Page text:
2015 NHL Draft: Dallas Stars draft review

By Mike Farkas
Denis Guryanov - Dallas Stars

Photo: Dallas Stars prospect Denis Guryanov, selected 12th overall at the 2015 NHL draft, projects as a top scoring threat at the NHL level (courtesy of Jeff Vinnick/NHLI via Getty Images)

 

 

After making nine picks per draft for the previous three drafts, the Dallas Stars may have felt as if they had some room to play with their 2015 picks. They came into the weekend a touch shorthanded due to previous trades and then exchanged their seventh round choice for the rights to goaltender Antti Niemi. All told, the Stars made five selections. With the 12th pick, they provided probably the first real surprise of the draft when they selected Russian winger Denis Guryanov.


General Manager Jim Nill added a scoring winger, a two-way Finn, two defense-oriented blueliners and a goalie to an already-robust prospect pool. Anecdotally, 2015 broke a nine year stretch of choosing a player from the WHL for Dallas.

Denis Guryanov, RW/LW, Lada Togliatti (MHL)
1st round, 12th overall
Height: 6-3 Weight: 192 lbs

Unafraid of the supposed ‘Russian Factor,’ GM Jim Nill dipped back into Russia for yet another pivotal Stars draft pick. In 2013, he created a lot of gasps and whispers by selecting Valeri Nichushkin with the tenth selection. In 2015, the organization elected Denis Guryanov from Russian juniors as their first choice.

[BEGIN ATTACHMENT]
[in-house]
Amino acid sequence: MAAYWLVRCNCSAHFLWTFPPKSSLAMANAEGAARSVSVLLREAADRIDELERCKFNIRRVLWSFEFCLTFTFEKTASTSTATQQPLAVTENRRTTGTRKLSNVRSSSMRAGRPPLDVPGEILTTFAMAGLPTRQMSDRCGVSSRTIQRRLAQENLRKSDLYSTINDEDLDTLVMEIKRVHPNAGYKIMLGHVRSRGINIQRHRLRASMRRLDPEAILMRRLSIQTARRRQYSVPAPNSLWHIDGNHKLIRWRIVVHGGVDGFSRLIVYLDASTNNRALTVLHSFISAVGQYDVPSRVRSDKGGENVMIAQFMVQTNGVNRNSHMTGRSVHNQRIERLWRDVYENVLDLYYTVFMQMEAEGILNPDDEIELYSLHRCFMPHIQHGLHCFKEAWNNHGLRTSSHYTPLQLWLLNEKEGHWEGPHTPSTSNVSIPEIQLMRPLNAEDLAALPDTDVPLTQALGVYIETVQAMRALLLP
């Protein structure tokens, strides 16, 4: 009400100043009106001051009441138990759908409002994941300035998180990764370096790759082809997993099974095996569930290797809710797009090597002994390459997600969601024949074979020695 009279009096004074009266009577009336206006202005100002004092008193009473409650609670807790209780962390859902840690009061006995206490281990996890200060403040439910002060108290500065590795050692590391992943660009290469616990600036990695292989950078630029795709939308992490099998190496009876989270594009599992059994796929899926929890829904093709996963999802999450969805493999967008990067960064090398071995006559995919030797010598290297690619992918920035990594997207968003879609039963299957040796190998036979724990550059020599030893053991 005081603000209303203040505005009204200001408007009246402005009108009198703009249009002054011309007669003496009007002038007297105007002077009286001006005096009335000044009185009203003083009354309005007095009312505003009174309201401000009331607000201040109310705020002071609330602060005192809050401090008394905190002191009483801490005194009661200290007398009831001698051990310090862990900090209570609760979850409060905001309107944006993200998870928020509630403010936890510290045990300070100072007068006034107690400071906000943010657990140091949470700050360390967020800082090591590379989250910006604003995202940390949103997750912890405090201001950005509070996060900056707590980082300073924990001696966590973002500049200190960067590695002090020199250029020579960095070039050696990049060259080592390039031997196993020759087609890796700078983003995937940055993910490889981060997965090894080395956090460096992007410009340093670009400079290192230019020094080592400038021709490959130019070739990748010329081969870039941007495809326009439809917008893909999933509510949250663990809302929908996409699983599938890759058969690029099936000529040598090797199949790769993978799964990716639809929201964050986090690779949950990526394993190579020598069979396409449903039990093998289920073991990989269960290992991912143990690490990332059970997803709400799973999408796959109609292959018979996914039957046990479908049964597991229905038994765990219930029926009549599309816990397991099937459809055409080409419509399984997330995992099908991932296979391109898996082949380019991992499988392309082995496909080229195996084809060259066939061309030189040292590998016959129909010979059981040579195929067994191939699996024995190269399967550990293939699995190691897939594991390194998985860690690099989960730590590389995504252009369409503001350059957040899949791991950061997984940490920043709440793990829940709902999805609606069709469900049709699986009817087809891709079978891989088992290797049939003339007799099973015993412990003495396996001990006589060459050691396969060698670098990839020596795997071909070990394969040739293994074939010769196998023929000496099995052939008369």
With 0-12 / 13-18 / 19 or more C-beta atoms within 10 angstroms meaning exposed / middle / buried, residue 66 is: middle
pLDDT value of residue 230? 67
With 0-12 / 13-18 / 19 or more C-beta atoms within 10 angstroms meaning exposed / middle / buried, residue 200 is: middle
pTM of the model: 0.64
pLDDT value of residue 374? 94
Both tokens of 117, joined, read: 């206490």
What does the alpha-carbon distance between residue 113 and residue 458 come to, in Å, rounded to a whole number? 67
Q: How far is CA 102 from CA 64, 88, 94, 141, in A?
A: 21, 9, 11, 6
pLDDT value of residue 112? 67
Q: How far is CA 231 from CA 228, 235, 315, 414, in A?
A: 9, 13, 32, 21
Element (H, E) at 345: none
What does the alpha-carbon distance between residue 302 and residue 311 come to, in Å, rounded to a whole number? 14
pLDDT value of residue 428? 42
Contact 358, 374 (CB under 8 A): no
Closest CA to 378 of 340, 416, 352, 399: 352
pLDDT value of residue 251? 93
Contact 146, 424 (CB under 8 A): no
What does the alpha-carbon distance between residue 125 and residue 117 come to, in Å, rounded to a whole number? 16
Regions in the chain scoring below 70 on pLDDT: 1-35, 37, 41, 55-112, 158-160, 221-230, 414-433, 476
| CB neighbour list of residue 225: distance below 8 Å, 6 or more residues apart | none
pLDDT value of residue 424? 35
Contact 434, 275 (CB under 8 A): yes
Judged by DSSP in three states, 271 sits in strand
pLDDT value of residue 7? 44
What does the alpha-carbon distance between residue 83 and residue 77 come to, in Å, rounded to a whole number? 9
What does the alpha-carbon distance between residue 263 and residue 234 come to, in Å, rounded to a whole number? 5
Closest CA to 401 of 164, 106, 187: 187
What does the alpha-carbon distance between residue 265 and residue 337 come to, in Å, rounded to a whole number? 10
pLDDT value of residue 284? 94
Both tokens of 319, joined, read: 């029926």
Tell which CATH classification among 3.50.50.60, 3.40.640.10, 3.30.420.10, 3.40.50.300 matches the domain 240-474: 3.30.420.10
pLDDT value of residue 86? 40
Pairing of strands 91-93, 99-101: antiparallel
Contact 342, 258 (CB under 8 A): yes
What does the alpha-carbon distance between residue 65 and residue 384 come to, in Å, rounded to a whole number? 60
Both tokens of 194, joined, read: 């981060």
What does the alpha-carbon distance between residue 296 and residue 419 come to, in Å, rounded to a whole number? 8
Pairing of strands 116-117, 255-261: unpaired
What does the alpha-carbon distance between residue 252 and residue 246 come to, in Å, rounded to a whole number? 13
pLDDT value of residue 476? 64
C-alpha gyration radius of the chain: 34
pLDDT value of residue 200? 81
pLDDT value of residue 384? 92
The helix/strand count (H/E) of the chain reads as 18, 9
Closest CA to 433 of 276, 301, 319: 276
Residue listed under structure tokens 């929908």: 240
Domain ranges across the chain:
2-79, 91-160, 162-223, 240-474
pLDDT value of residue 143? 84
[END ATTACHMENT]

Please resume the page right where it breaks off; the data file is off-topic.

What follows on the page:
Guryanov is also a hulking and speedy forward with a rocket shot. He has one of the best, if not the best, shots in the draft class both in terms of power and release. The U18 standout can certainly score from distance on the rush or sitting in the high slot. Guryanov is a load to handle between his skating and his size and his bull-rush mentality, he puts a lot of pressure on defenders very quickly. He is not afraid to use his body either. He seeks out and initiates contact regularly. His defensive game is not particularly strong overall, but he has a little less experience and polish than some others that were drafted this high. One area where he might differ from Nichushkin is his overall dynamism. At the same age, it feels as if Nichushkin has a little more to offer when carrying the puck than Guryanov and is maybe a touch more ‘organic’ in his creation of offense.